Friday, May 20, 2011

Mother--not a chirpy post

Apologies.  I have posted, and then edited, and then posted, and then edited this again. 

My mother is ill.  She has been ill, physically and /or mentally, my whole life.  My understanding is that she has been and is nursing some secret grief and guilt of hers into a host of psychological and physical issues, many of which allow her a retreat into prescription medications.   "Secret" is key: I know nothing substantiate-able about my mother.  Not even her maiden name.  I surmise that she was born in Germany shortly before WWII and that her father was in some way a terrible person (though that may or may not entail the terribleness of Nazi history).

These last decades she has been very very ill on the physical side especially, with spinal surgeries, MRSA after a hip replacement, and now an undiagnosable infection that seems, perhaps, to be emanating from her liver.  She lives a continent away.  My father, her full-time nurse, is almost 80 and past his best years for cleaning explosive diaorrhea out of carpets.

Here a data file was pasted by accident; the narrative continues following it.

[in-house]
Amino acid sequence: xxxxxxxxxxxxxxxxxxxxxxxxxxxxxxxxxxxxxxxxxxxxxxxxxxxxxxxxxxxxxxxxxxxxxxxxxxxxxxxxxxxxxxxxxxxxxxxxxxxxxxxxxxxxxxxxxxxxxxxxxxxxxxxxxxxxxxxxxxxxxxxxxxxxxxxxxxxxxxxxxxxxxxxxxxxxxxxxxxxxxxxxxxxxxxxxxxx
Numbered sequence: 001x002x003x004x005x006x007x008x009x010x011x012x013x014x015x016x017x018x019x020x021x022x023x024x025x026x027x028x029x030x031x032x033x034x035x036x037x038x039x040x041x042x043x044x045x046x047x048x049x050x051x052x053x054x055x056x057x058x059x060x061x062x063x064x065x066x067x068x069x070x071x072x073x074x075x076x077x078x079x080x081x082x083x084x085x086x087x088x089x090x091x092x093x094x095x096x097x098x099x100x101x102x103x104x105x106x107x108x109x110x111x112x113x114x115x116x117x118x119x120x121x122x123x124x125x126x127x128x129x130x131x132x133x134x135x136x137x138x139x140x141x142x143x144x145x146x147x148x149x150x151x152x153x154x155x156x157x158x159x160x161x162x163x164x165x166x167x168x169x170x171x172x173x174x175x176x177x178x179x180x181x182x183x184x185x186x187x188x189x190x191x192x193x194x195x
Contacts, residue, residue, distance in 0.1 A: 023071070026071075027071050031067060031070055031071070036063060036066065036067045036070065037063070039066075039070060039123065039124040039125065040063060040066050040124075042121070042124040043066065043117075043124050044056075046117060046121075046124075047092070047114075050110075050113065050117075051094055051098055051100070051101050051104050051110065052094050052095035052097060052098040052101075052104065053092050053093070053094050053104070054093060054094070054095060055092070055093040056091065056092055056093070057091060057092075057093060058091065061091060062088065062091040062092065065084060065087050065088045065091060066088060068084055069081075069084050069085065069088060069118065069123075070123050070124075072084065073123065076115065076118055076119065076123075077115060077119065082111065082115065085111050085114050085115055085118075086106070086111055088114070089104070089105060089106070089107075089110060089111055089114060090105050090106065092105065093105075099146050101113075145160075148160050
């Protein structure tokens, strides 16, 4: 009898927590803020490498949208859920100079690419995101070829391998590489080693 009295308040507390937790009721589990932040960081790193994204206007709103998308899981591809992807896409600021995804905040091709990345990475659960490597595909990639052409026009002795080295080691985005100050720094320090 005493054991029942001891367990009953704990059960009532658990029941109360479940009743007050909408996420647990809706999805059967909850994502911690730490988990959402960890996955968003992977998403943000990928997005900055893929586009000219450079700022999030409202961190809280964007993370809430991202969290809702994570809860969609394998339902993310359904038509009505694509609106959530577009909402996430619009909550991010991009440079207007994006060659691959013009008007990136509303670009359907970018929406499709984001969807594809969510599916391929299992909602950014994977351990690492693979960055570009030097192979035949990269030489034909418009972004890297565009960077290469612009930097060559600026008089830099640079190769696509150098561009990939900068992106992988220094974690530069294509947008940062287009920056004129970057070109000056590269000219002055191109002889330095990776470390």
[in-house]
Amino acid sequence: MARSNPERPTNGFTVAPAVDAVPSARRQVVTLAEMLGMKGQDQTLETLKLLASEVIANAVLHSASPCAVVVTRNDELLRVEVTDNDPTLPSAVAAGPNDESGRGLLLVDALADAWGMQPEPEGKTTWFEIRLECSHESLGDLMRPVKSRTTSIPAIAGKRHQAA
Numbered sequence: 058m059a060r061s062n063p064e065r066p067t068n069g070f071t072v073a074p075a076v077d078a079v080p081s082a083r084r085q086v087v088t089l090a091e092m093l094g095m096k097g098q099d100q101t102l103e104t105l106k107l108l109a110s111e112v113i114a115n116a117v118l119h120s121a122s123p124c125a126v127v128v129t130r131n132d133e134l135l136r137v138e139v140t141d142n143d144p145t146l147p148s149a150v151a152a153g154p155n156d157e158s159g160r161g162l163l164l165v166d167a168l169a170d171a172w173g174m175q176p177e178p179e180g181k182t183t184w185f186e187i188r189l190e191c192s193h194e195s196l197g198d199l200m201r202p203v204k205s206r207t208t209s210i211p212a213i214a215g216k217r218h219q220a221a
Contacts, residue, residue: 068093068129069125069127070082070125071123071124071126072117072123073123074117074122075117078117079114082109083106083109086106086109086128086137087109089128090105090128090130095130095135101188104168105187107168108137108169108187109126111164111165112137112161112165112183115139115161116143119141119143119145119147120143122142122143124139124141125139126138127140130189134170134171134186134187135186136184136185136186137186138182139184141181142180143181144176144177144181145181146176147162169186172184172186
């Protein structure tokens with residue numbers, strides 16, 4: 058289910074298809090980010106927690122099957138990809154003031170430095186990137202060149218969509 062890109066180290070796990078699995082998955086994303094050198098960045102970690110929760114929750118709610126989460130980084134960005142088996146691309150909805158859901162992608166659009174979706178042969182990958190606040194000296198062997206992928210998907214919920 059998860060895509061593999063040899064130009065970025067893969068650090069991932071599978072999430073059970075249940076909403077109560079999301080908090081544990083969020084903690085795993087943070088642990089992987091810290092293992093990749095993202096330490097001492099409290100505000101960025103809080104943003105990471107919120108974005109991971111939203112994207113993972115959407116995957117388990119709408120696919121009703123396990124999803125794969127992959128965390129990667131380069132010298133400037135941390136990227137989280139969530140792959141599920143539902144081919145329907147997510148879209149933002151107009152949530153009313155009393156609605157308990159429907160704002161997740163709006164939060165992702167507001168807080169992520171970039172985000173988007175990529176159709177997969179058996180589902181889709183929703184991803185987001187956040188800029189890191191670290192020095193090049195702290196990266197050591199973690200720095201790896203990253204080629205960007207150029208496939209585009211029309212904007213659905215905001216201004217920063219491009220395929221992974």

She is in hospital, in ICU, for her third day today.   My father responded "absolutely NOT" when I said I could come.

The cloud over my days is concern for my father, and, a more  more dark and dense cloud, my desire that my relationship with my children be stronger than my mother's is with me.  I feel terrible for the distance, literal and figurative, between myself and my mother, and know how devastating it would/will be if this is how things are when I am old and ailing and my children are off having lives of their own.


  1. Oh man. I am so sorry for all that you're feeling right now and I relate to your thoughts of getting older and my boys not being around...not because they don't love me or don't want to be but because they, too, will have a wife and a family and other life responsibilities. Mental illnesses ... well, I can relate to that too, having immediate family members dealing with their demons daily. It affects not just them ... but us all. Sending positivity your way.

  2. Thanks for this. I have pushed my mother's illness to the background for now, though I'm talking to my father ever night . . . or rather, having my father (very nearly deaf!) talk at me.